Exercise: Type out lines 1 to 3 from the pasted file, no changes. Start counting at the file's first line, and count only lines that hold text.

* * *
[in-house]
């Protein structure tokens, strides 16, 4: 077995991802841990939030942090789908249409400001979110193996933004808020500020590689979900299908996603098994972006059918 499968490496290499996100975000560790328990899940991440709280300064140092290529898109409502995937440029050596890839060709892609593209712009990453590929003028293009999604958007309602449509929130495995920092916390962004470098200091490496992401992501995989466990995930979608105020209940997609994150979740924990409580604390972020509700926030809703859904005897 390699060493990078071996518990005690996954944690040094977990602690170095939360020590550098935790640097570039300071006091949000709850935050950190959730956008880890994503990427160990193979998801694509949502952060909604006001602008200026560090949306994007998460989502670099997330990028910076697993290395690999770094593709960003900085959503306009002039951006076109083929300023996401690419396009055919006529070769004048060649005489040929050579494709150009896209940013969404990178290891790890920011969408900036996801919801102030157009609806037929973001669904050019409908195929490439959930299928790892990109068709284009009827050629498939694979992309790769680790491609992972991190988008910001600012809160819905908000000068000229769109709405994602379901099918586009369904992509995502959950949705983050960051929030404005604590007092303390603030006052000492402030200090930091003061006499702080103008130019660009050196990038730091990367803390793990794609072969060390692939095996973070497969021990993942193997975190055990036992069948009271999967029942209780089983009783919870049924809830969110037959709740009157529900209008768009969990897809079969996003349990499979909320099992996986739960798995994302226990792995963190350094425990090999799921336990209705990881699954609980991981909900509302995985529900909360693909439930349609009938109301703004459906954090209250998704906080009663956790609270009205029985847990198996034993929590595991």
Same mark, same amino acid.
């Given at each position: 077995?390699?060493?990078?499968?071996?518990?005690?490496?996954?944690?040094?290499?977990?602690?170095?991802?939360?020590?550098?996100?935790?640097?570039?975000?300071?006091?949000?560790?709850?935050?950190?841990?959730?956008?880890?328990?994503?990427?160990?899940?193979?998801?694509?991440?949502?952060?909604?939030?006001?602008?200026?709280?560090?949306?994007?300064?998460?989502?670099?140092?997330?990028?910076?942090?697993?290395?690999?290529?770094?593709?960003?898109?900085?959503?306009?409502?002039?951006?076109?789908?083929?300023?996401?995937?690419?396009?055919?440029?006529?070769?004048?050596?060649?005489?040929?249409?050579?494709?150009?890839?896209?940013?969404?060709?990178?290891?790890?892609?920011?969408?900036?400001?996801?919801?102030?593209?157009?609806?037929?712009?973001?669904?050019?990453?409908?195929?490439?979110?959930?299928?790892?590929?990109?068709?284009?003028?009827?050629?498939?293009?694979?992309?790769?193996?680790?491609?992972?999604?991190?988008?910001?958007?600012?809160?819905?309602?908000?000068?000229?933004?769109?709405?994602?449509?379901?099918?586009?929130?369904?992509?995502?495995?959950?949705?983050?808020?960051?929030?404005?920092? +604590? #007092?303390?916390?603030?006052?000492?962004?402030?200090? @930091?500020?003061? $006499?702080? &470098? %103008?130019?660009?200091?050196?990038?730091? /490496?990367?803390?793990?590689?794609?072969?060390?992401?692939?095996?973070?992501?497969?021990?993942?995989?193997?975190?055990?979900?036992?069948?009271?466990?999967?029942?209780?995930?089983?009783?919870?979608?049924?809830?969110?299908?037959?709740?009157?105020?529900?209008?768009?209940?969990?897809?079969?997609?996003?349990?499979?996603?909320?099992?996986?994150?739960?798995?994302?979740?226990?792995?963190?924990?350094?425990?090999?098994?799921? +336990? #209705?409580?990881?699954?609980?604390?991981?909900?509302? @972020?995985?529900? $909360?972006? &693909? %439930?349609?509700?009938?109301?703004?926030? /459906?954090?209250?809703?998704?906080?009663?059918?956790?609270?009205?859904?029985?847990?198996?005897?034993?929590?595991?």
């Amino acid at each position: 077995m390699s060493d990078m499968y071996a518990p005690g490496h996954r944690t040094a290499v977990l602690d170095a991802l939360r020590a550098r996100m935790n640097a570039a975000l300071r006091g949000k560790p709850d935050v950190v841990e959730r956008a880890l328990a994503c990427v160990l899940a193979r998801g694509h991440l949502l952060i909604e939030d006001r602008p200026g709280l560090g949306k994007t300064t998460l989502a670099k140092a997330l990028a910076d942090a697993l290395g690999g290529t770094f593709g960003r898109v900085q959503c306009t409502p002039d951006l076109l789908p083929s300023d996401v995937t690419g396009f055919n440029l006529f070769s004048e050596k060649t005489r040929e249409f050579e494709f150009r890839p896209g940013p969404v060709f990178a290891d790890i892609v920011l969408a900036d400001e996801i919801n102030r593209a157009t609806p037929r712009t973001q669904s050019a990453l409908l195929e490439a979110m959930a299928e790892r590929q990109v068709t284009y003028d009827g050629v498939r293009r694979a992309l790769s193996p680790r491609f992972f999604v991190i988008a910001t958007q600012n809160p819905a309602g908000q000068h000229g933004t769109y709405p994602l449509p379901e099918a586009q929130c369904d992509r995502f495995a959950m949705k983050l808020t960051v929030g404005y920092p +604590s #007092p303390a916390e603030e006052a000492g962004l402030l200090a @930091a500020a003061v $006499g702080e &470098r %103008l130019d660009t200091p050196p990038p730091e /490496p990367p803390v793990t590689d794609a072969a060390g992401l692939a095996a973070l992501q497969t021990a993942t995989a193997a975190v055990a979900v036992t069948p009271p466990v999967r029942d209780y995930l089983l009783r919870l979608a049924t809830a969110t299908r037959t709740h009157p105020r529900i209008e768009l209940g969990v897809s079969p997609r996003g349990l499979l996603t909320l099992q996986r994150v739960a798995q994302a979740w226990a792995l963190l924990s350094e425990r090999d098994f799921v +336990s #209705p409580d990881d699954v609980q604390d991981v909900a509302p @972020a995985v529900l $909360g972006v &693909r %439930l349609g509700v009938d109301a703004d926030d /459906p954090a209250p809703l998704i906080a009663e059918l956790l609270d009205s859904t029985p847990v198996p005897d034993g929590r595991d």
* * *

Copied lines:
[in-house]
């Protein structure tokens, strides 16, 4: 077995991802841990939030942090789908249409400001979110193996933004808020500020590689979900299908996603098994972006059918 499968490496290499996100975000560790328990899940991440709280300064140092290529898109409502995937440029050596890839060709892609593209712009990453590929003028293009999604958007309602449509929130495995920092916390962004470098200091490496992401992501995989466990995930979608105020209940997609994150979740924990409580604390972020509700926030809703859904005897 390699060493990078071996518990005690996954944690040094977990602690170095939360020590550098935790640097570039300071006091949000709850935050950190959730956008880890994503990427160990193979998801694509949502952060909604006001602008200026560090949306994007998460989502670099997330990028910076697993290395690999770094593709960003900085959503306009002039951006076109083929300023996401690419396009055919006529070769004048060649005489040929050579494709150009896209940013969404990178290891790890920011969408900036996801919801102030157009609806037929973001669904050019409908195929490439959930299928790892990109068709284009009827050629498939694979992309790769680790491609992972991190988008910001600012809160819905908000000068000229769109709405994602379901099918586009369904992509995502959950949705983050960051929030404005604590007092303390603030006052000492402030200090930091003061006499702080103008130019660009050196990038730091990367803390793990794609072969060390692939095996973070497969021990993942193997975190055990036992069948009271999967029942209780089983009783919870049924809830969110037959709740009157529900209008768009969990897809079969996003349990499979909320099992996986739960798995994302226990792995963190350094425990090999799921336990209705990881699954609980991981909900509302995985529900909360693909439930349609009938109301703004459906954090209250998704906080009663956790609270009205029985847990198996034993929590595991």
Same mark, same amino acid.